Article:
It is sometimes claimed that the oral traditions that Paul is speaking of are the teachings that he would eventually put into writing. Writings that would later become Scripture. But the Early Church never mentions any such thing nor does Scripture indicate as much. In fact the testimony of the Early Church Fathers around the time that the canon was finalized indicate otherwise. Basil of Caesarea, who was recognized as a doctor of the Church in the east as well as the west wrote the following in the year 375:
Of the beliefs and practices whether generally accepted or publicly enjoined which are preserved in the Church some we possess derived from written teaching; others we have received delivered to us "in mystery" by the tradition of the Apostles; and both of these in relation to true religion have the same force. And these no one will contradict; - no one, at all events, who is even moderately versed in the institutions of the Church. For were we to attempt to reject such customs as have no written authority, on the ground that the importance they possess is small, we should unintentionally injure the Gospel in these matters… (On the Holy Spirit 27).
John Chrysostom, archbishop of Constantinople said pretty much the same thing a short time later:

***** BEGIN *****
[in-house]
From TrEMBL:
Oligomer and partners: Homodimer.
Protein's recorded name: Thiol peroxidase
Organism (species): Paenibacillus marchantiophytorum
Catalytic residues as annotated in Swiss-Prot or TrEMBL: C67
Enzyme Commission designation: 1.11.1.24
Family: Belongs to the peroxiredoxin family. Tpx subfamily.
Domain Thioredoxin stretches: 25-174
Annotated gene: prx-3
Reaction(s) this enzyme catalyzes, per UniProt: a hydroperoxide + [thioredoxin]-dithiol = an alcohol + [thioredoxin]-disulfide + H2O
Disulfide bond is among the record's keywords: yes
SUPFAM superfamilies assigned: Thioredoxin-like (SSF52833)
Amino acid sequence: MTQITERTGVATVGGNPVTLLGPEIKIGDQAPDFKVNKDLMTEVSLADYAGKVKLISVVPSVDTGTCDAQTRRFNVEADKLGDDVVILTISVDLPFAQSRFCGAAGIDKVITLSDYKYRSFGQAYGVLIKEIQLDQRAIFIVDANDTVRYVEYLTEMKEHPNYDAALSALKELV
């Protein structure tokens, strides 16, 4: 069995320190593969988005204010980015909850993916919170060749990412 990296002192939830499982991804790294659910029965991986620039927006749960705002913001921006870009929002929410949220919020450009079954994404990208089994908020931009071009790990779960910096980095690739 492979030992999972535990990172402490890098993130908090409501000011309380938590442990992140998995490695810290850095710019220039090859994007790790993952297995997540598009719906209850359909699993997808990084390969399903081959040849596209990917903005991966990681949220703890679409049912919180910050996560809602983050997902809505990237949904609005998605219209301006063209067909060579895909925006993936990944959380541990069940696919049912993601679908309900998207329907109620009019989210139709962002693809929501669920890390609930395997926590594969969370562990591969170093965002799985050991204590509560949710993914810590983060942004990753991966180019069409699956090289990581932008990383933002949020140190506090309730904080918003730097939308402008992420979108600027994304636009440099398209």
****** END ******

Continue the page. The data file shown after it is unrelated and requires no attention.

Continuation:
So then brethren, stand fast, and hold the traditions which you were taught, whether by word, or by epistle of ours" (2 Thessalonians 2:15). Hence it is manifest, that they did not deliver all things by epistle, but many things also unwritten, and in like manner both the one and the other are worthy of credit. Therefore let us think the tradition of the Church also worthy of credit. It is a tradition, seek no farther (Homilies on Second Thessalonians [circa A.D. 400]).
How can we distinguish the traditions of men from Sacred Tradition? Well, if a tradition cannot be traced back to the early Church it is man-made. To believe otherwise would be to imply that God didn't get it right the first time. What Catholics call Sacred Tradition can be traced back to the early Church. The same cannot be said of those beliefs that are uniquely Protestant. Protestantism was the creation of men. It first appeared in the sixteenth century. We even know the names of the men who started it. Names like Luther, Calvin and Zwingli. If men started it, it is a tradition of men and not of God.